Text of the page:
Investigative reporting reveals MassDEP withheld data and now permit is in jeapardy

DeSmog shows MassDEP knew it’s air data was incomplete months ago, but did not ask lab for the rest until Itai Vardi’s investigation exposed the existence of missing canisters. Thank goodness for a free press to uncover a corrupt process.

Last week, MassDEP released a new set of air quality data in the middle of our appeal hearing of Enbridge’s air quality quality plan approval. MassDEP released the new, 750+ page report the night before the hearing was scheduled to conclude. It was a really shocking event. MassDEP claimed that they received the report from the laboratory three days before (Monday, May 13) but waited until Thursday to send it out. Why did they wait those three days? The data in the report was collected in July of 2018, so why did they only receive it in May of 2019? We have many questions and are still awaiting answers.

Prior to last week’s data dump by the DEP, Desmog reported that the DEP had sent air samples to a lab in Rhode Island but never released the data. The samples from the lab showed elevated levels of 1,3-butadiene (a carcinogen) and acetone. Despite having these data, the DEP still went ahead and approved Enbridge’s air quality plan.

The presiding officer is seeking answers from DEP and has threatened to place sanctions on the department. The air quality plan approval could be in jeopardy now.

Itai Vardi covered DEP’s recent data dump in Desmog and how it connects to previous reporting. You can read it here: After DeSmog’s Revelations, Enbridge’s Weymouth Gas Facility Air Permit in Jeopardy.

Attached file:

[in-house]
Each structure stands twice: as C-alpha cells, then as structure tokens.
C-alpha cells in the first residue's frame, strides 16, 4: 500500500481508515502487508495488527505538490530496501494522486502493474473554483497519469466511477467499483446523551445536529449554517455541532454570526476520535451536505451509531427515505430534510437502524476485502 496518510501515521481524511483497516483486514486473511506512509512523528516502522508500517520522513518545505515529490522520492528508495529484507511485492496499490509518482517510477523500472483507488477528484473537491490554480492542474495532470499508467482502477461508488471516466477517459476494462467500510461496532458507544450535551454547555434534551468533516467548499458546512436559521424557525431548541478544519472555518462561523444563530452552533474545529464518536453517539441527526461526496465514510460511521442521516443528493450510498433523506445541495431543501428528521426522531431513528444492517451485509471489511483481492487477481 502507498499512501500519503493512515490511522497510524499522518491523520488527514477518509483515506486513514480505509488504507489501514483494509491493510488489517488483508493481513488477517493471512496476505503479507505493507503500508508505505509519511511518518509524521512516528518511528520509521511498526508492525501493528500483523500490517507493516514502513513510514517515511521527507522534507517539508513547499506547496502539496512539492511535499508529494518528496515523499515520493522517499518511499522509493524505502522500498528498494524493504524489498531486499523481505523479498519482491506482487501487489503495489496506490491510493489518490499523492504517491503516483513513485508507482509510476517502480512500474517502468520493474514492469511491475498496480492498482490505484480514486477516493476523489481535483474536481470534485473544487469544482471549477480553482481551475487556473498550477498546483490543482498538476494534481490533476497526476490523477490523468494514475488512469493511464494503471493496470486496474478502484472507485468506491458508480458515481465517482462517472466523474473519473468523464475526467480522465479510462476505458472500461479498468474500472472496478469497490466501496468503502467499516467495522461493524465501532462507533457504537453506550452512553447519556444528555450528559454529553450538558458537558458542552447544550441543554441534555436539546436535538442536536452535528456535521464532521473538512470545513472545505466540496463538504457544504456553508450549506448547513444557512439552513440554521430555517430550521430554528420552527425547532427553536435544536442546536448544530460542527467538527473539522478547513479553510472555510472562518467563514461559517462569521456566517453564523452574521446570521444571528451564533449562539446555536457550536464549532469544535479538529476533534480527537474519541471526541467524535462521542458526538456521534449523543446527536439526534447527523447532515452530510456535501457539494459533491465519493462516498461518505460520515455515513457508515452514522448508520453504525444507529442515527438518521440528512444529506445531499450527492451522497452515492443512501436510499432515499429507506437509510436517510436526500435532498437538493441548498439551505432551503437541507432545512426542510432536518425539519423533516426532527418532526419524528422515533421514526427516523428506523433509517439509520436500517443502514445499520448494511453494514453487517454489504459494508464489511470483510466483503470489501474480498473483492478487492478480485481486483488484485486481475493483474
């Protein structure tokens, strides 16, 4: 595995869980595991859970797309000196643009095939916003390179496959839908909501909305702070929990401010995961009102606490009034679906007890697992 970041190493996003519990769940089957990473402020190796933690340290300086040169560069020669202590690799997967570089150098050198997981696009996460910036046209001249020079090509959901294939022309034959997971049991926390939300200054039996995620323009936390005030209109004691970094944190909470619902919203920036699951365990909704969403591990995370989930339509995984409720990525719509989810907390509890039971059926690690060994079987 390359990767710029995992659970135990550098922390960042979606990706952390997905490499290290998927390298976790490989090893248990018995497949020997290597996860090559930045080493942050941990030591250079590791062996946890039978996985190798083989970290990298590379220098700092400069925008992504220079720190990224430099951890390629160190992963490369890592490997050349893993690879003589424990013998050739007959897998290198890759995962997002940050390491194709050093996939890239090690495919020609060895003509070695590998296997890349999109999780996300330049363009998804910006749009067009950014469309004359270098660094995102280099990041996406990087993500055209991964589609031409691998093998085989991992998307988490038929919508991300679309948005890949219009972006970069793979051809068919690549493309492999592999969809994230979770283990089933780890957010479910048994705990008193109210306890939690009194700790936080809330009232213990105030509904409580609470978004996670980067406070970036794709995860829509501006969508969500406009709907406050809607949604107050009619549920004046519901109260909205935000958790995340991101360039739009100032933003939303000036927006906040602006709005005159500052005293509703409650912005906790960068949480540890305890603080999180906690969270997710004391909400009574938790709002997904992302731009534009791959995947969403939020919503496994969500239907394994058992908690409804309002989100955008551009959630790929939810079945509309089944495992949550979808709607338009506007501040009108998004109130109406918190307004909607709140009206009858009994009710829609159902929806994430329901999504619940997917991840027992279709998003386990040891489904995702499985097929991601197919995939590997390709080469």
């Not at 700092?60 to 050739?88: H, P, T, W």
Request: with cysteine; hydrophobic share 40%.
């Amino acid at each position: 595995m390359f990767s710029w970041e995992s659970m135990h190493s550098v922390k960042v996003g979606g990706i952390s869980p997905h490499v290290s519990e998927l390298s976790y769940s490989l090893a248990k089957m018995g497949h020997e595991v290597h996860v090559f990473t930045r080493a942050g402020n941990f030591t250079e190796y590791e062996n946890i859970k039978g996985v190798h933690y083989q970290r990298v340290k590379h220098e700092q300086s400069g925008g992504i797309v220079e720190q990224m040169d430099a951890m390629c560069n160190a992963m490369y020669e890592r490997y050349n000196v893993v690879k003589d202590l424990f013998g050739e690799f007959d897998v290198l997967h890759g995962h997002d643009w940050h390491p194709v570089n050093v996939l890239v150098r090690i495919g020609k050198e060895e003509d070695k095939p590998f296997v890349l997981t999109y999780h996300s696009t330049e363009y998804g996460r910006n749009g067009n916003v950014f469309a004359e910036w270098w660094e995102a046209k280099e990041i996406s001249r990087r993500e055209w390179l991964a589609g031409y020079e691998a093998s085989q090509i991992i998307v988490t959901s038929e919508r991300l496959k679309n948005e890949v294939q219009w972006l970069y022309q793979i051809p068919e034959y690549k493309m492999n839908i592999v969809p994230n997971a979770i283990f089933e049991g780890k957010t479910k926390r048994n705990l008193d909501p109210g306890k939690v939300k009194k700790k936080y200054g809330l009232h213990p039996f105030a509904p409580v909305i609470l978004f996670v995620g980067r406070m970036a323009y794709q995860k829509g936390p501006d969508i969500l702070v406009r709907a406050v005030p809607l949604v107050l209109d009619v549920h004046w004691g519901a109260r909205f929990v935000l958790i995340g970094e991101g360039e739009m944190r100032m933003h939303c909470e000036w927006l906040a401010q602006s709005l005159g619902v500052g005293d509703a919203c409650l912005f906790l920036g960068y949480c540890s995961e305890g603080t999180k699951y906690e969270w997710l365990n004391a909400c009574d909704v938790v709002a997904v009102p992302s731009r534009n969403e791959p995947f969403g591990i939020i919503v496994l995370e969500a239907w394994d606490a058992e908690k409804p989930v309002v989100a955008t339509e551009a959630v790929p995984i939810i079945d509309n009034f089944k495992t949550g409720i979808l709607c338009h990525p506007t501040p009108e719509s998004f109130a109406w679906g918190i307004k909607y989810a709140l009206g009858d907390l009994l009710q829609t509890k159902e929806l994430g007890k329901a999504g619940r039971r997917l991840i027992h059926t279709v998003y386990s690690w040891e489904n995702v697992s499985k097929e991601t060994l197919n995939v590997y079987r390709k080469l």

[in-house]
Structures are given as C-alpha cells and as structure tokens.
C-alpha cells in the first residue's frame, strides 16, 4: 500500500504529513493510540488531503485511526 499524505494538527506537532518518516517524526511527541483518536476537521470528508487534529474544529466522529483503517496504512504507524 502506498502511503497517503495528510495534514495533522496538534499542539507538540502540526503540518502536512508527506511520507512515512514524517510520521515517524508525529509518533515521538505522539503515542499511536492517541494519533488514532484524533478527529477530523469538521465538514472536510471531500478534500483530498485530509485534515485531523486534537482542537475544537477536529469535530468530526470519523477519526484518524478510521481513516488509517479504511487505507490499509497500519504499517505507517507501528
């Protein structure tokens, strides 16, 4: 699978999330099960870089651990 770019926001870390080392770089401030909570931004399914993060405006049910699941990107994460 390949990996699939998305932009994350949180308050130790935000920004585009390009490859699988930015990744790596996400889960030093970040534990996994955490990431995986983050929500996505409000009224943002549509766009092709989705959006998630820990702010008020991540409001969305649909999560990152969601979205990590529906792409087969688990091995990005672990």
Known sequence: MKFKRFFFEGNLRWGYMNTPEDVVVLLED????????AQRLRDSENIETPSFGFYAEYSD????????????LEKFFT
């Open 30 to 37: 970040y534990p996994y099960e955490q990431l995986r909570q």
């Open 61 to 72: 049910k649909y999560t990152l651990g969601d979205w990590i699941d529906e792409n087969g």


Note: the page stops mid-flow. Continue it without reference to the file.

“In a surprise move that threw a controversial fossil fuel project into a whirlwind, the Massachusetts Department of Environmental Protection (DEP) late last week revealed new evidence of toxins in the area of a proposed natural gas facility in the greater Boston area.

The sequence of events leading to the disclosure was set in motion by DeSmog’s recent revelations that the state had not released air pollution data, including evidence of carcinogens, which were collected from the proposed site of Enbridge’s gas compressor station in Weymouth, Massachusetts.

Now, DEP’s air permit for the compressor station, which is currently under appeal, is teetering. …

The amended report indicated the presence of at least 12 toxins not previously included in the earlier report, including elevated levels beyond state limits of the carcinogen 1,3-butadiene. The presence of these newly reported toxins is consistent with ones detected in other samples the DEP sent at the time from Weymouth to a state lab in Rhode Island — another batch of data that was withheld from the public but which DeSmog revealed last month.

It was this revelation that apparently prompted the DEP to request the amended report from Alpha Analytical. …

On Monday this week, Jane Rothchild, DEP’s hearing officer presiding over the appeal, scolded the agency for the eleventh-hour data dump, calling it “unacceptable.” She suspended the hearings and threatened the department with sanctions, ordering it to disclose its recent communications with Alpha Analytical and explain why it shared the report with the parties in the appeal three days after it received it from the lab.

In response, a senior DEP official said in an affidavit today that the department received the first batch of new data from Alpha Analytical on May 10 — nearly a week before the DEP publicly released the lab’s entire report. The official explained that several other officials at DEP, including its general counsel, had to review the report before its release, which explains the delay.” (Itai Vardi, Desmog)